In many countries - fortunately - creative disciplines such as music, fashion and art have had a long-standing history so it is welcoming for students to follow in the footsteps of those who came before them. But imagine going to school and not having a standard academic discipline to adhere to.
School systems in Vietnam have not quite caught up with the country’s breakthrough into international mainstream and students are forced to learn on their own – researching and discovering their idols and coming up with new ideas.
The lack of resources and support from school may initially be a halt but in a sense, Vietnamese youngsters are truly blank slates. They are given markers and pens and its up to them to make up their own rules, their own fashion, their own paths to greatness.
More exciting news: recently, the first television channel and Web site dedicated to urban music has been launched in the fast-changing country. Jennifer Ravolet, creative director at Yan TV, traveled from France to tell the story about the beginning of a new chapter in Vietnam’s media world.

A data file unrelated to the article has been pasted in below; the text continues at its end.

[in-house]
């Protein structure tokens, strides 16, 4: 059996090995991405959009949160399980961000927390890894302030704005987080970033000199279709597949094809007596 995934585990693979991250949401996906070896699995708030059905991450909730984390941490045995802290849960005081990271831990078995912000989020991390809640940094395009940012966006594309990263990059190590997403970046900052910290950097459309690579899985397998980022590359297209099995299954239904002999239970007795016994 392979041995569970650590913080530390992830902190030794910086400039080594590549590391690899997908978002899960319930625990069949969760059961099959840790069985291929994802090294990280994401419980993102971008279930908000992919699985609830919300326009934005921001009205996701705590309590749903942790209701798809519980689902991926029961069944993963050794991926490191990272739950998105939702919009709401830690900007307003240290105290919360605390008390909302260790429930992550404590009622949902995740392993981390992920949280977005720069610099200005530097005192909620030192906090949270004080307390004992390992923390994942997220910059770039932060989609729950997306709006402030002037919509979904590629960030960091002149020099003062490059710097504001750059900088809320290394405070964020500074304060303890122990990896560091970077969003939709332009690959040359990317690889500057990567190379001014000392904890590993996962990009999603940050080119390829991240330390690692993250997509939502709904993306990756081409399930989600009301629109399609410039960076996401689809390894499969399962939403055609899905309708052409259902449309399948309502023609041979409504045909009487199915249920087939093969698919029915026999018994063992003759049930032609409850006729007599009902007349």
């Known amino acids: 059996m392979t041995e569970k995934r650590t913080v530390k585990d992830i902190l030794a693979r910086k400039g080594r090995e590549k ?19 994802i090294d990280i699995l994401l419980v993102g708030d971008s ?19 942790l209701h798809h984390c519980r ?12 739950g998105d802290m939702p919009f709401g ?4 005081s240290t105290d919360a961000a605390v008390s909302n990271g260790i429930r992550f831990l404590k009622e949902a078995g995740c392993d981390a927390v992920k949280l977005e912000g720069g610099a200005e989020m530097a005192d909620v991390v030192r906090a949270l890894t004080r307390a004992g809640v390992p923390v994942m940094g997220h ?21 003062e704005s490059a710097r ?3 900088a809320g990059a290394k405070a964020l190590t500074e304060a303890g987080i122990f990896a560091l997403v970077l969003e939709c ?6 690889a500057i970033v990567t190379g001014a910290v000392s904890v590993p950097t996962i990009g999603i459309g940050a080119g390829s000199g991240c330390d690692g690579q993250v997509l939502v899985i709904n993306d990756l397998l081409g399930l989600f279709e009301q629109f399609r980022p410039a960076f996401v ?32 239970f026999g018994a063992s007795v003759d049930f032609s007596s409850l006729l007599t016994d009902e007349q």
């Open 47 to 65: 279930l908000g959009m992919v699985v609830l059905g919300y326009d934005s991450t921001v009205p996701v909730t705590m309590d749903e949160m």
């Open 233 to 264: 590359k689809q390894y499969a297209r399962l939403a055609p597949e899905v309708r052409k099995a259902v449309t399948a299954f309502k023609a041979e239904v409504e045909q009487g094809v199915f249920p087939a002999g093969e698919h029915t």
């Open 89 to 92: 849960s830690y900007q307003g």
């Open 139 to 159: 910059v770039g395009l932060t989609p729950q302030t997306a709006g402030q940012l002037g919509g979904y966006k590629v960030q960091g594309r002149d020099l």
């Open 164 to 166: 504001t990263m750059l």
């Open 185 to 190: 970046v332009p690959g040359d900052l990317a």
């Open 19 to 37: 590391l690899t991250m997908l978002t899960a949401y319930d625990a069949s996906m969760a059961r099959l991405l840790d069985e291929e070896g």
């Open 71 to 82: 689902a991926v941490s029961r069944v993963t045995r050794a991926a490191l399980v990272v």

Music television and Web sites make up huge industries almost everywhere else in the world; it’s exciting that something with such successful roots in other places is finally having its “first” in Vietnam.
Aside from music videos and entertainment news, Ravolet will try to spread cultural values and establish a strong brand and identity for Yan TV.
Vietnam’s Web site dedicated to music (www.vnclubbersguide.com.vn) features news and international trends and names in the industry.